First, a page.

The holidays can be the most wonderful time of the year. However, over 40% of people report being MORE stressed during the holiday season compared to any other time of year.
What can we do to ensure that we’re protecting the joy of the season, making meaningful connections and preparing for a successful New Year? We’ve compiled some tips to help support your well-being as you navigate this year’s holiday season.
Balance between activity and recovery
You can maximize enjoyment during the holiday season AND protect your future financial goals at the same time! You'll be starting the New Year with hope and optimism as the countdown begins to midnight.
Manage financial stressors
While enjoying the holiday season is always the goal this time of year, it's important we don't neglect our finances and future goals. The last thing we want to do is to start the new year with even more financial stress and debt.
Schedule, schedule, schedule
Make managing busy schedules easier by sharing a family calendar. When you’re working from the same calendar, you can avoid missing events, share the to-do load, and reduce stress.
Divide up time-based tasks in a way that makes sense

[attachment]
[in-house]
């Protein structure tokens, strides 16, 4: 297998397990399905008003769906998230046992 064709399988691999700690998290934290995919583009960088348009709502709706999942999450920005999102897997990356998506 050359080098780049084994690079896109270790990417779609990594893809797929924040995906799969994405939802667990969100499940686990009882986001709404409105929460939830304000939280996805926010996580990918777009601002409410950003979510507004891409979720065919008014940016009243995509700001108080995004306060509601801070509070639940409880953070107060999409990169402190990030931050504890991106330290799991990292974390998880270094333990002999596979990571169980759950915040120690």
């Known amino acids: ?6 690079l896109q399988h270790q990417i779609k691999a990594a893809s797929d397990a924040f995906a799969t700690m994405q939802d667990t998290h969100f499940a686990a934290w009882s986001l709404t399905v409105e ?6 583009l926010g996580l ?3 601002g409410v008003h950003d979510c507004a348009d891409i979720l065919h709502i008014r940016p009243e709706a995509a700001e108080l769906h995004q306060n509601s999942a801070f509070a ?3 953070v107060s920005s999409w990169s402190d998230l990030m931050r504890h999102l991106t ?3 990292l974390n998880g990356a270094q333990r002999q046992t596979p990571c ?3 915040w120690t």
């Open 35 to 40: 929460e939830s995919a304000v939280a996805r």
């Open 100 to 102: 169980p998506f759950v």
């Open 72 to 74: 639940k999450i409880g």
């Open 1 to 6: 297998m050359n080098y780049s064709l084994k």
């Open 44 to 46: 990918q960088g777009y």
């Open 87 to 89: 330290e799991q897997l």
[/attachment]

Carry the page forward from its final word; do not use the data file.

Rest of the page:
Plan out shopping for you and other family members. Create an itinerary and shopping routes that can help you save time, gas, money, and energy. For example, if you drive by a grocery store on your way home from work, take a stop or do curbside pickup.
By staying on top of your physical well-being, you can help keep other aspects of your well-being in shape as well during this busy season. If you feel down physically and mentally, it can lead to more trips to the doctor and medical expenses.
You don’t have to allot time for a rigorous workout at the gym. Even a walk around the neighborhood to enjoy holidays lights can be a physical and mental reset (and it’s a very budget-friendly way to spend time with friends and family too!)
Gratitude makes a difference in the way you feel and the way you interact with the world around you. A Berkeley study found that students who wrote gratitude letters on a weekly basis reported significantly better mental health. When you focus on the good things in your life, you’re also:
- Less likely to make comparisons with others
- Less likely to make impulse purchases
- More likely to mindfully enjoy special moments with family and friends
- More likely to use your money toward things that matter to you (charitable contributions, thoughtful gifts for those you love, etc.)
The holidays can be equal parts hectic and happy, fun and frustrating, exhausting and exhilarating. By following some of the tips we shared, it's possible to make the most of the holidays while being fully charged for the challenges of a New Year.